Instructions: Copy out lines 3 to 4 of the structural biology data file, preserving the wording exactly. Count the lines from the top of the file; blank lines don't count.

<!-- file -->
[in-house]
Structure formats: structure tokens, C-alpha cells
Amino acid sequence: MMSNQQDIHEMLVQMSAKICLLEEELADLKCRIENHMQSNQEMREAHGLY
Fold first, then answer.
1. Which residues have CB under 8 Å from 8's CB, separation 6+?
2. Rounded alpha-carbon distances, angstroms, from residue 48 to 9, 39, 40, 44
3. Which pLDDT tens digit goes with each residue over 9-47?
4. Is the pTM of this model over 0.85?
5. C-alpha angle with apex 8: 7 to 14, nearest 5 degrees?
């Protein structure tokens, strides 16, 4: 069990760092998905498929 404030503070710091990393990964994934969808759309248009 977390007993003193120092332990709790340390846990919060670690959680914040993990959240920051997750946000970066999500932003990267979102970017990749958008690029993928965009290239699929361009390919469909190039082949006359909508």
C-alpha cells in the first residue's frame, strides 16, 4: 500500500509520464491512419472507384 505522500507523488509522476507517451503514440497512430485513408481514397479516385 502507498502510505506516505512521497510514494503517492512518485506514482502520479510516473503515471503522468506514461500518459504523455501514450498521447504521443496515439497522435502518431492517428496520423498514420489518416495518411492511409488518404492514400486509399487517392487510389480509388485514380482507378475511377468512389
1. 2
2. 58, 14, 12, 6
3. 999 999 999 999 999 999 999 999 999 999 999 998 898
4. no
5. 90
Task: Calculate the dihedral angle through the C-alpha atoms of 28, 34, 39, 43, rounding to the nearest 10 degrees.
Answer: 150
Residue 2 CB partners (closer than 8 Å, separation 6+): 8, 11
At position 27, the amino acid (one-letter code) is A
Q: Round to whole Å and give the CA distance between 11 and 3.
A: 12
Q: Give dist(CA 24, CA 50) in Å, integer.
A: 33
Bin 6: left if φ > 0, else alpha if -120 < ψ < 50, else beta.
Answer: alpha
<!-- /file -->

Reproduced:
Amino acid sequence: MMSNQQDIHEMLVQMSAKICLLEEELADLKCRIENHMQSNQEMREAHGLY
Fold first, then answer.